“Mastriano said it in so many words: ‘It’s a Christian country. That doesn’t mean we’ll throw out everybody else, but they’ve got to accept that we’re the ones setting the tone.’” 

“Trump gave voice to that. He’s a perfect resonant instrument for that — because he’s a bundle of narcissistic resentments. But he’s no longer necessary … for an authoritarian movement to use the GOP to lock in minority rule. The movement to manipulate election access and [ballot]-counting is so far along. I think it’s too late, and we’re vulnerable to it because of how we administer local elections,” Skocpol told Godfrey.

The future, Skocpol suggests, does not depend primarily on whether Trump can come back and win next time, but…

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“…on state legislatures, which have been captured, and the Supreme Court. The Court is a keystone in all of this because it’s going to validate perfectly legal manipulations that really are about locking in minority rule. In that sense, the turning point in American history may have happened in November 2016.”

The turning point toward what? 

“Toward a locking-in of minority rule along ethno-nationalist lines. The objective is to disenfranchise metro people, period. I see a real chance of a long-term federal takeover by forces that are determined to maintain a fiction of a white, Christian, Trumpist version of America,” Skocpol told Godfrey.

She doesn’t think it can work over the long run, because the group she referred to as “metro people” is growing and will continue to grow faster than the white working class. But she believes that, in the near and medium term, the tale will be told in “about five pivotal states where election deniers — the culmination of the Tea Party-Trumpist strand of the GOP — are close to gaining control of the levers of voting access and counting the results. If that happens, in even two of those places, it could well be enough. The way courts are operating now, they will not place limits on much of anything that happens in the states,” she fears.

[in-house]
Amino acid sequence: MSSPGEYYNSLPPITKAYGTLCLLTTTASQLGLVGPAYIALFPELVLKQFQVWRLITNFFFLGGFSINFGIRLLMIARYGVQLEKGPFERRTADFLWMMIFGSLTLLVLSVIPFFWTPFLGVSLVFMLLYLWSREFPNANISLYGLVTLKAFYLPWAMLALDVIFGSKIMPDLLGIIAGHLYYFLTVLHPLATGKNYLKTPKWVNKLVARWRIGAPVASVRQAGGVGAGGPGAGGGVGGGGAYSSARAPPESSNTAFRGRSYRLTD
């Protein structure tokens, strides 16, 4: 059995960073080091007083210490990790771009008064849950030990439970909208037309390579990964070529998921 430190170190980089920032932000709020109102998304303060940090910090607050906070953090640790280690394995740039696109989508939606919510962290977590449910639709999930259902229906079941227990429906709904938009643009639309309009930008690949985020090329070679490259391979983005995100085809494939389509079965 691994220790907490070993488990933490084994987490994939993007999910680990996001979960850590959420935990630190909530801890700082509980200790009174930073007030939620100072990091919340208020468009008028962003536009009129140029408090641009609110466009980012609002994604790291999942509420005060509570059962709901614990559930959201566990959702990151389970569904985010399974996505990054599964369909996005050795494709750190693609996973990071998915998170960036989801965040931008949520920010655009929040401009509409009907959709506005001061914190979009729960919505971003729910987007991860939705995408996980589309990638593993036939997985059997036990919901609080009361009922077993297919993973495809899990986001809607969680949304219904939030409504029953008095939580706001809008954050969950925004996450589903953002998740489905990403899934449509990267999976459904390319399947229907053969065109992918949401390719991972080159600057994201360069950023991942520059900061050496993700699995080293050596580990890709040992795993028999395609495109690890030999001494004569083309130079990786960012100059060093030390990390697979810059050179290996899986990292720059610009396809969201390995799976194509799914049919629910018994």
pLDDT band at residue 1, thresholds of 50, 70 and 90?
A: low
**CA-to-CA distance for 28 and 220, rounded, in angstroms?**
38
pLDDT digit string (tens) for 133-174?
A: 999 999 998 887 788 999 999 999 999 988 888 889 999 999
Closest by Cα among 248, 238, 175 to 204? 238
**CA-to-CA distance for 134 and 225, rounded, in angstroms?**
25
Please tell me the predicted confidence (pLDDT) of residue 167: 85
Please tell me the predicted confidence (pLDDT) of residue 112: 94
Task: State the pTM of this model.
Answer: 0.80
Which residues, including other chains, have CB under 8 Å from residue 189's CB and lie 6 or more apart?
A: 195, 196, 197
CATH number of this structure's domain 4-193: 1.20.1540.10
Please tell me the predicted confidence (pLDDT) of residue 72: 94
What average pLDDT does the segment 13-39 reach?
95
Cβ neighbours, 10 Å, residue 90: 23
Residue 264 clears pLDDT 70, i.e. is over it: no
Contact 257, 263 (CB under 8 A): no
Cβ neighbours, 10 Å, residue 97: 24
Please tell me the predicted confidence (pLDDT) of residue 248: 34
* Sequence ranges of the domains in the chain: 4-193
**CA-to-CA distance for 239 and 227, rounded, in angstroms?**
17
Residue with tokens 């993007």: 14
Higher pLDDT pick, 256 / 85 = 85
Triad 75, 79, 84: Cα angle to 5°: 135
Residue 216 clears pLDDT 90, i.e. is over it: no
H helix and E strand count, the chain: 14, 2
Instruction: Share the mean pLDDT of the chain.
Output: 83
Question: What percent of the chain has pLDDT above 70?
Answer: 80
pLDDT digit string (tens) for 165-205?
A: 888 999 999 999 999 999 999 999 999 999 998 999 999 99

So, Godfrey asked Skocpol: “What would you say is on the ballot in 2022?” She replied:

“The locking-in of minority authoritarian rule. … People talk about it in racial terms, and of course the racial side is very powerful. We had racial change from the 1960s on, and conservative people are angry about Black political power. 

“But I wouldn’t underestimate the gender anger that’s channeled here: Relations between men and women have changed in ways that are very unsettling to them. And conservatives are angry about family change.

“This is directed at liberal whites, too. Tea Partiers talked about white people in college towns who voted Democratic the way the rulers of Iran would speak of Muslims that are liberal — as the near-devil.”

I don’t dare borrow any more of the Atlantic piece than I already have. I hope you get how smart Skocpol is and what frightens her about the next election cycle or two or three. 

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And I hope you read the full, very smart piece, but I don’t know whether you can access it without an Atlantic subscription.